Pre-conference there was much chatter that a prime objective of Davos this year would be a focus on the environment, and environmental degradation.
Over the last two days perhaps the biggest piece of news to emerge on this subject is a US-led attempt to start negotiations on lowering tariffs and trade barriers on ‘green’ goods and services.
Since the global financial crisis a whole host of countries have made grand pronouncements on green technology and energy, and their desire to lead this new revolution. This would include the US and many European countries, as well as Japan.
The interesting thing about the initiative coming out of Davos is that China has not yet agreed to officially take part.
There is precedent for the inclusion of China, as at the last major agreement (APEC conference in 2012) for a reduction in tariffs on green goods China was a signatory.
It is hard to see this move gaining much traction without China, as China today is second only to the EU in importance in this sector.
What should we make of this?
It is simply ludicrous to attempt anything in this sector without China.
There has been so much change over the last decade that the still traditional view of developed country corporate domination over the globe is simply outdated.
The ‘clean and green’ sector is vast and diverse. There is solar, wind, tidal, wave, geothermal, etc etc – then there is insulation technology, renewable material adoption, and general energy efficiency measures. We could go on.
A simple rule 101 in the investment game is to try to align yourself as an investor with the underlying needs of society.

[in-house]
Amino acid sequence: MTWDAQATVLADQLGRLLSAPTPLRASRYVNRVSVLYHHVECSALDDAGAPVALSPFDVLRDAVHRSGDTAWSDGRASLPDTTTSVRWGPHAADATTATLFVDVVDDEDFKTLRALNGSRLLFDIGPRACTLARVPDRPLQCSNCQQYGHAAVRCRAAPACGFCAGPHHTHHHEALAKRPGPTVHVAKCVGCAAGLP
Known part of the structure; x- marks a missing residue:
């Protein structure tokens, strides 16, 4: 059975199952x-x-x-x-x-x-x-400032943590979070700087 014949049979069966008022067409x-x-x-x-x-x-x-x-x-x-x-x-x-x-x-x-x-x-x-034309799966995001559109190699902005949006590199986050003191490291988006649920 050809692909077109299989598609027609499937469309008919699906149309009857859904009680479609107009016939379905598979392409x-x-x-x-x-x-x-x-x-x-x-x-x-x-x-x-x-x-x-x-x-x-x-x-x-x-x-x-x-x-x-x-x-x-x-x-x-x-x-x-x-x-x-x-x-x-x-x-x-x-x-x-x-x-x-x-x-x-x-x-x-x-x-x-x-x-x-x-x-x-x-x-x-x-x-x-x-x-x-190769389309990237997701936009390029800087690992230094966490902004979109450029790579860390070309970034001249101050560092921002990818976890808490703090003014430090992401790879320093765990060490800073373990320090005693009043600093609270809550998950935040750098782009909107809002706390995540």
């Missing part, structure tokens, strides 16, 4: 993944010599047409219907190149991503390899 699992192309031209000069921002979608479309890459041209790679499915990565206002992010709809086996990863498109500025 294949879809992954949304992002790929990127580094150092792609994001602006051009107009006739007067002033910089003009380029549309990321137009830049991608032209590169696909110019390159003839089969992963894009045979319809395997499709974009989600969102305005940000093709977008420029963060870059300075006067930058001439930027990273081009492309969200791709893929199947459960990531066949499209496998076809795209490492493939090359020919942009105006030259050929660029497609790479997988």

In this instance anyone who has travelled to China over the last two decades or so would have noticed the country has undergone environmental degradation on an unprecedented scale.
Today residents in both Beijing or Shanghai (and other cities) have to regularly deal with airborne pollution levels well in excess of World Health Organisation guidelines.
China’s need for coal-generated power is the culprit for a good part of this pollution, but obviously the newfound fondness for private car ownership is not helping either (China is now the world’s largest car market).
Why this is important now is because China is changing.
The Communist Party is sensitive to the issues afflicting the common man in a way never seen in the past. This is part and parcel of China changing from an investment-led economy to a consumer-led economy.
While it may well seem that nothing is changing on the ground in China, there has been substantial change to the industries viewed as providing part of the answer to her troubles.
Let’s look at solar briefly.
I still have a copy on my desk of a compendium of the global solar industry from 2006. Inside was a summary of the fastest-growing companies – out of 20 companies listed only a single company was from China. The majority were from Japan, the US and Germany.
Today this picture has radically altered. Chinese companies are now globally important in all parts of the solar value chain. Sure, there are still important American, European and Japanese companies, but overall pricing today is dominated by what goes on in China with Chinese companies.
And as in so many other industries in which China dominates price competition has been brutal. So brutal in fact now that in many parts of the world solar as a source of energy is cheaper than grid power prices.
The wonderful thing about solar as a source of energy is that it is a technology, and unlike traditional fossil fuels, is not a finite resource.
Finite resources tend over time to naturally increase in price as opposed to technology which tends to decrease in price.
Therefore we expect China’s role as a leader in the ‘clean and green’ sector to increase in line with her own needs for this technology.
Ignoring China is simply a non-starter…